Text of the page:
A lot of your enemies are wild creatures, like overgrown slugs. You can in fact turn into an animal yourself by grabbing powerups, which transform Jill’s abilities. The firebird can flap up to high spots, and can spam blasts of fire like something out of a shoot’em up. The fish is basically the same for underwater. Then you have a frog which, er, hops quite high. Which is useful sometimes!

Usually you need to hunt for at least one or two keys, sometimes you’re searching thoroughly for several to get past a row of locked doors. Many levels revolve around puzzle solving – nothing really taxing, but enough to force you to be methodical in exploring. You might have to contend with a maze of narrow passages, or climbing sections where most platforms appear and disappear, forcing you to reach the few fixed platforms in time.

In fact JotJ is fairly easy overall; it took this Dad Gamer only a few snatched hours to complete. Okay, I’m going to admit to save-scumming a few annoying jumps, or those devil things that for some reason (intentional or glitch) are immune to your weapons in chapter three. Still the levels are fairly short, most enemies are simple to deal with, and the game is generous with health boosts.

There are a few bugs and glitches along the way – at least once I got stuck at a locked door with no way to reach more keys. Also water serves as both a background feature and a hazard, and it’s not always entirely clear what marks the difference. A few times I’d hit jump, standing on a platform in front of a waterfall, to be bizarrely met with instant death.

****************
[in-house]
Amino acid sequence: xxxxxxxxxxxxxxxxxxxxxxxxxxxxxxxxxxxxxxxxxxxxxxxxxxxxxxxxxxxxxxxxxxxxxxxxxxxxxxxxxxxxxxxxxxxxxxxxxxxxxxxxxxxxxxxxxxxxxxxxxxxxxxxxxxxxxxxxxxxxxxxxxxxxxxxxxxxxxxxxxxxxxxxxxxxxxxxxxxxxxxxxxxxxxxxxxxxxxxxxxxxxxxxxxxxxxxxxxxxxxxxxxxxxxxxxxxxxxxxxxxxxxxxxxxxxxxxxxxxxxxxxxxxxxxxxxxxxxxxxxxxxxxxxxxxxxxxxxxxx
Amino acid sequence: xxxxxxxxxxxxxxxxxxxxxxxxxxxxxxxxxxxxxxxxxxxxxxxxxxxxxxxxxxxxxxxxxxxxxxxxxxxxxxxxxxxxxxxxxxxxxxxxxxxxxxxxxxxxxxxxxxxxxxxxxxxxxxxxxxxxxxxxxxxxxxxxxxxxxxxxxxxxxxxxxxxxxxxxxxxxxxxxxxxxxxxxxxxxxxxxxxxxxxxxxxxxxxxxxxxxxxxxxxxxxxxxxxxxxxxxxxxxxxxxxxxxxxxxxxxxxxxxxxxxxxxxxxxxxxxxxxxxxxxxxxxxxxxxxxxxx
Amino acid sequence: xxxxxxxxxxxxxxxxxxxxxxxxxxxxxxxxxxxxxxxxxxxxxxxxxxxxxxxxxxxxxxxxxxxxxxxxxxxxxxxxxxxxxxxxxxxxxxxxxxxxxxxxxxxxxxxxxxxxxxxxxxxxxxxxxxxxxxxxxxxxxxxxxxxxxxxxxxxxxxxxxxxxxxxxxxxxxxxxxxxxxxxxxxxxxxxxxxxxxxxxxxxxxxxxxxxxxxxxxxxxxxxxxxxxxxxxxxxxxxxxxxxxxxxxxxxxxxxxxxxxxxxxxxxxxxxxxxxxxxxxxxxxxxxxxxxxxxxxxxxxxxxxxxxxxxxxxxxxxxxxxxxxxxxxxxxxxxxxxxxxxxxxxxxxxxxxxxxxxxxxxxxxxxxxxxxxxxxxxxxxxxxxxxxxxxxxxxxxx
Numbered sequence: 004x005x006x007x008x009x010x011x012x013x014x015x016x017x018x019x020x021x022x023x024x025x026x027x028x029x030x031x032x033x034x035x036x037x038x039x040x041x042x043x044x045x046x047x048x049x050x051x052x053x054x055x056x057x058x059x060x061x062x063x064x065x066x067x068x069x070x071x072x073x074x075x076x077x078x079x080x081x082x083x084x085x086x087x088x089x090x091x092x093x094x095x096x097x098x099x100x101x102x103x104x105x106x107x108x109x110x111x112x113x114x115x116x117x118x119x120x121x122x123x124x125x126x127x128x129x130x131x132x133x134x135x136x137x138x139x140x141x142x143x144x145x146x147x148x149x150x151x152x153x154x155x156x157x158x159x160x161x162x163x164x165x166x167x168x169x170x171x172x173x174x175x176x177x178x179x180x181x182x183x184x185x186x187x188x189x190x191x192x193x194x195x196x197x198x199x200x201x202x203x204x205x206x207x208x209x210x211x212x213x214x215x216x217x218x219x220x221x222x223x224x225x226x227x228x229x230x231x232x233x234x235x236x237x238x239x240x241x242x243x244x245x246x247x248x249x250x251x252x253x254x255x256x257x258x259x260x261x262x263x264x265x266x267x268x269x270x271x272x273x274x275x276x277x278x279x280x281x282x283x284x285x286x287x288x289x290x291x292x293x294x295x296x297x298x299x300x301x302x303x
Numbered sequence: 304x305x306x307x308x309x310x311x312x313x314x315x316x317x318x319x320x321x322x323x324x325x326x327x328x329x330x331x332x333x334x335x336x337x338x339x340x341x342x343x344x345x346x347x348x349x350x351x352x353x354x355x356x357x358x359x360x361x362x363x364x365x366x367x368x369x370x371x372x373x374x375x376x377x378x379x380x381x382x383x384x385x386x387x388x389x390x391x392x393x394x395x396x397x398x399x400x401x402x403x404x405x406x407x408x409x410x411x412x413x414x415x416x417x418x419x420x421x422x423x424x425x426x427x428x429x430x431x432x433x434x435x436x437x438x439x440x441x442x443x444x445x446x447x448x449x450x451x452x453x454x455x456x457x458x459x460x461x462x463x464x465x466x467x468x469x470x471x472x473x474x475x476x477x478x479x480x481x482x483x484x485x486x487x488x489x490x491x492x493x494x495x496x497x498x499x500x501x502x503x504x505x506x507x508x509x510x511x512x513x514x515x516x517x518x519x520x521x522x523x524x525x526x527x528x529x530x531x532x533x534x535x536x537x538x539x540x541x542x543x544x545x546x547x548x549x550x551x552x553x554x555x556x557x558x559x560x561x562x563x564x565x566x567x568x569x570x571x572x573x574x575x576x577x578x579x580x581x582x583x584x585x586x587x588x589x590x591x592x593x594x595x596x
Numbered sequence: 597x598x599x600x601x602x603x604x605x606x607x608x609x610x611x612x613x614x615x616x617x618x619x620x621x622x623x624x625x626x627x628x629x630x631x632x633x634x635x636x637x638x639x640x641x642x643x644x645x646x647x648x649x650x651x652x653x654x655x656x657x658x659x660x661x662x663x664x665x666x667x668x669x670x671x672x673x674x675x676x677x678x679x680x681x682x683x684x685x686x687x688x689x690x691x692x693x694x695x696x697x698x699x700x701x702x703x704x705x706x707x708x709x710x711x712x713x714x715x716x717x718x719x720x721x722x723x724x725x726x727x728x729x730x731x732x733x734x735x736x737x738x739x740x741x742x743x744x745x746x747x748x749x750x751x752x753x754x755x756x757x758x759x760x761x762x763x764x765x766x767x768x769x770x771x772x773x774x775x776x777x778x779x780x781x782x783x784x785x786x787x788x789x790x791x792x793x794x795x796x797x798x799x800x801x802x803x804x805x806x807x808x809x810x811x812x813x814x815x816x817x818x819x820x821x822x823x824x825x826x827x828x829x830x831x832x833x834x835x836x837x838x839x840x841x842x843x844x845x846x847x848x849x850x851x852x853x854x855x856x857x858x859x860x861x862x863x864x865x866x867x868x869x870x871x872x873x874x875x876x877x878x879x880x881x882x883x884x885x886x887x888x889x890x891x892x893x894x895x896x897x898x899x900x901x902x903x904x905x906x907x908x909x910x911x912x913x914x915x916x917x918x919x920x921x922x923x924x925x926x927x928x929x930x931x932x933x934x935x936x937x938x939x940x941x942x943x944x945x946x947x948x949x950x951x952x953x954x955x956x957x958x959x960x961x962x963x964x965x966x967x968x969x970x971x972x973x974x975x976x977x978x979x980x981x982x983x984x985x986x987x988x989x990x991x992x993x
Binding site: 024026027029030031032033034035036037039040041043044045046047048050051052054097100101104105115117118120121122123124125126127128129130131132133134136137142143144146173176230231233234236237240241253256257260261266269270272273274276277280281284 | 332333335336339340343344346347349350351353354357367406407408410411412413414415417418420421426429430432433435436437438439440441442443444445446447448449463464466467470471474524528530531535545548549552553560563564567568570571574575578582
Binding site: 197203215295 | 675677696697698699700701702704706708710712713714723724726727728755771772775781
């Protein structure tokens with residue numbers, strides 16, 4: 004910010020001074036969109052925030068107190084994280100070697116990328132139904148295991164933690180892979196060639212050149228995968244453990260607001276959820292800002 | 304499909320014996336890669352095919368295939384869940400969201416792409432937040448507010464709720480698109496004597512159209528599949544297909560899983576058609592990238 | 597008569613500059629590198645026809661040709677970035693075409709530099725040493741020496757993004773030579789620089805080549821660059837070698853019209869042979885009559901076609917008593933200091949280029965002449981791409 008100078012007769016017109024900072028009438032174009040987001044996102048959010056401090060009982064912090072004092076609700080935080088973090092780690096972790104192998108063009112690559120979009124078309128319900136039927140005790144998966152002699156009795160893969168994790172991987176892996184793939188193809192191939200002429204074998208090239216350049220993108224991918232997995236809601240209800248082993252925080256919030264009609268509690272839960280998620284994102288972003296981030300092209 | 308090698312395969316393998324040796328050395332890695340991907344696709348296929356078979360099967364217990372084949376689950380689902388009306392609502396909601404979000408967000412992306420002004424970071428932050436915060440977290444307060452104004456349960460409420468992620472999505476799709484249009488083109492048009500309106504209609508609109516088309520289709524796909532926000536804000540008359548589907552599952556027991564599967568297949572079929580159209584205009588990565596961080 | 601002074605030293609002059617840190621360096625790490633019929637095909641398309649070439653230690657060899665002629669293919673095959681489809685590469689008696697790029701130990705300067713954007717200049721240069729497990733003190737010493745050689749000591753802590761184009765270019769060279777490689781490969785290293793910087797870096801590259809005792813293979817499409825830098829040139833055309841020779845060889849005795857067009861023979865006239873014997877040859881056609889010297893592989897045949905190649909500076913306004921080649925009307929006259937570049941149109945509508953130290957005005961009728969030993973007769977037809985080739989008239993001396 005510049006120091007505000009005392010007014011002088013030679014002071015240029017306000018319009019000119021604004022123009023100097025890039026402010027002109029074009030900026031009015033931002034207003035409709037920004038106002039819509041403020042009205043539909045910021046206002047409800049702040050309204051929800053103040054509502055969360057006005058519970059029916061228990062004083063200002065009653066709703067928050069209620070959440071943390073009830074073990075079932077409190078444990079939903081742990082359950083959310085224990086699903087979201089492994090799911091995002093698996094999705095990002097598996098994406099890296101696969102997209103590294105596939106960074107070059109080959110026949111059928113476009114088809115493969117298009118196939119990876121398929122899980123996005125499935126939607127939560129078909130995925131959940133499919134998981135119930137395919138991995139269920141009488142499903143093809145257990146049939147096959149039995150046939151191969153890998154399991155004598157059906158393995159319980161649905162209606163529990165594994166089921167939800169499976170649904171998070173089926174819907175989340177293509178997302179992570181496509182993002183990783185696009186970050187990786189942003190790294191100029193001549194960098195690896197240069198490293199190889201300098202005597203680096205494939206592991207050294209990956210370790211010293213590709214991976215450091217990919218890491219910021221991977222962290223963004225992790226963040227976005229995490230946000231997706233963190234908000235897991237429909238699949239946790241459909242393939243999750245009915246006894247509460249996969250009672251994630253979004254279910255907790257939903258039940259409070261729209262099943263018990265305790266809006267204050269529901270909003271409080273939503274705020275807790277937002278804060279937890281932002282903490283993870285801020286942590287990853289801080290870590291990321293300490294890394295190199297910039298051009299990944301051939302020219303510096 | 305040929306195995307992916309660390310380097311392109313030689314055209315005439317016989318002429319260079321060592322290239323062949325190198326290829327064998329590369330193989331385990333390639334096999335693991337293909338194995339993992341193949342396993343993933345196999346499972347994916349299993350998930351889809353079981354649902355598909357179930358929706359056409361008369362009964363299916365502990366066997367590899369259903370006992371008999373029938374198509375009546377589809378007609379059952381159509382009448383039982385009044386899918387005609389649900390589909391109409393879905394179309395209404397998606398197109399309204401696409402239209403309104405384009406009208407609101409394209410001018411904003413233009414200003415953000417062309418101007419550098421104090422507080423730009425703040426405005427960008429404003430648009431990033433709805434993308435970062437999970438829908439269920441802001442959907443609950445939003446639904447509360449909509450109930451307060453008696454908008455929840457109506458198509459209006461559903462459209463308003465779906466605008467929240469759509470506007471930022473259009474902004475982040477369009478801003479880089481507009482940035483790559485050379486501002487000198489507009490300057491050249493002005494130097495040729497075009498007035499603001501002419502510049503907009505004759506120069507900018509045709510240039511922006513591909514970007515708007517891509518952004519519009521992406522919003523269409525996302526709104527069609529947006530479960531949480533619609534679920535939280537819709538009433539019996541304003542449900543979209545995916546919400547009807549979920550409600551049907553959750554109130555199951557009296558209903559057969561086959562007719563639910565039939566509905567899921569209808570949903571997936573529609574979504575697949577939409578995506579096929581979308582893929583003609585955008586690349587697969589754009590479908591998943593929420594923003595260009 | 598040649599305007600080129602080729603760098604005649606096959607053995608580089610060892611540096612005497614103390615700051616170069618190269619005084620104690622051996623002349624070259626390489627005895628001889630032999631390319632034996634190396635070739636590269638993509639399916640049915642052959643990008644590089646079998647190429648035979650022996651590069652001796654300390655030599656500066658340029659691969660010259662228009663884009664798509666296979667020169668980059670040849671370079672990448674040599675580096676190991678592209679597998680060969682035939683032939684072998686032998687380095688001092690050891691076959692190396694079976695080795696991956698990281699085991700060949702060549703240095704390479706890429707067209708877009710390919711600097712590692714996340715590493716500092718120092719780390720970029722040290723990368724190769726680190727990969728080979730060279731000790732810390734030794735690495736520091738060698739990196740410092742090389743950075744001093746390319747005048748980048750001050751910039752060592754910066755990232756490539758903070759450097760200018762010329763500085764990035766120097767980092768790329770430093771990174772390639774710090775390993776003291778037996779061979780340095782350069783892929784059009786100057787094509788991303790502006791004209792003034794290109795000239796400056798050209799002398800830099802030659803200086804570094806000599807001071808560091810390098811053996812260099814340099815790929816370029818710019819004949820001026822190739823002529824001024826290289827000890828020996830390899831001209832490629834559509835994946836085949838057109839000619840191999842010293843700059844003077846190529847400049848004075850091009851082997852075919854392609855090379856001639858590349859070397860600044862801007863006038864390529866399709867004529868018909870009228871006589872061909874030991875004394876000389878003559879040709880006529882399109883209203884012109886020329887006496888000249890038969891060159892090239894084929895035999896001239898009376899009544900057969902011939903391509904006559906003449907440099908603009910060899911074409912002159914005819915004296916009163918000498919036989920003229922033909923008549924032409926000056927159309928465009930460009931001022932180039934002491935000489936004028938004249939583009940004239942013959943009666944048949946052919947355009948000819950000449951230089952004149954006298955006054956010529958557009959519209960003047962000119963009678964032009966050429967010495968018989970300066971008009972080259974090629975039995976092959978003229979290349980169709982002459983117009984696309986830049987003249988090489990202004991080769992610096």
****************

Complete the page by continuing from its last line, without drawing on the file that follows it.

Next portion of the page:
I have no idea what those creepy eyes are about.

Two years later, Jazz Jackrabbit would challenge Apogee platformers by taking full advantage of VGA. It boasts highly appealing artwork with big cartoonish sprites, and blindingly fast, silky-smooth scrolling. It also featured an eye-catching, if somewhat derivative mascot to focus our attention. I prefer the whimsical EGA charms of Keen myself, but can’t deny Jazz comes close to the performance of a console game. Which, after all, is the goal this whole shareware scene was aspiring towards.

Jill however lacks the distinguishing features of Jazz. There isn’t much remarkable about the older game in terms of artwork or features, and it all feels just a bit basic and amateurish. To be fair, we should remmeber that it it was an early effort by a very small team; I believe Sweeney wrote it himself, and just got some help in with the art and music. Also some of my fellow MS DOS nerds must have been getting their action gaming fix, if it sold enough copies for Epic to continue and grow.

So it’s not a terrible platformer at all, just in my opnion a fairly average one. To give some perspective let me try and put it on the Apogee ladder – I’d go for somewhere near that guy with the mullet and the very first bleepy Duke Nukem, a distance behind Cosmo and significantly beneath Goodbye Galaxy. So then, worth a quick look for shareware fans, but unless you are completist the first chapter might be enough for you.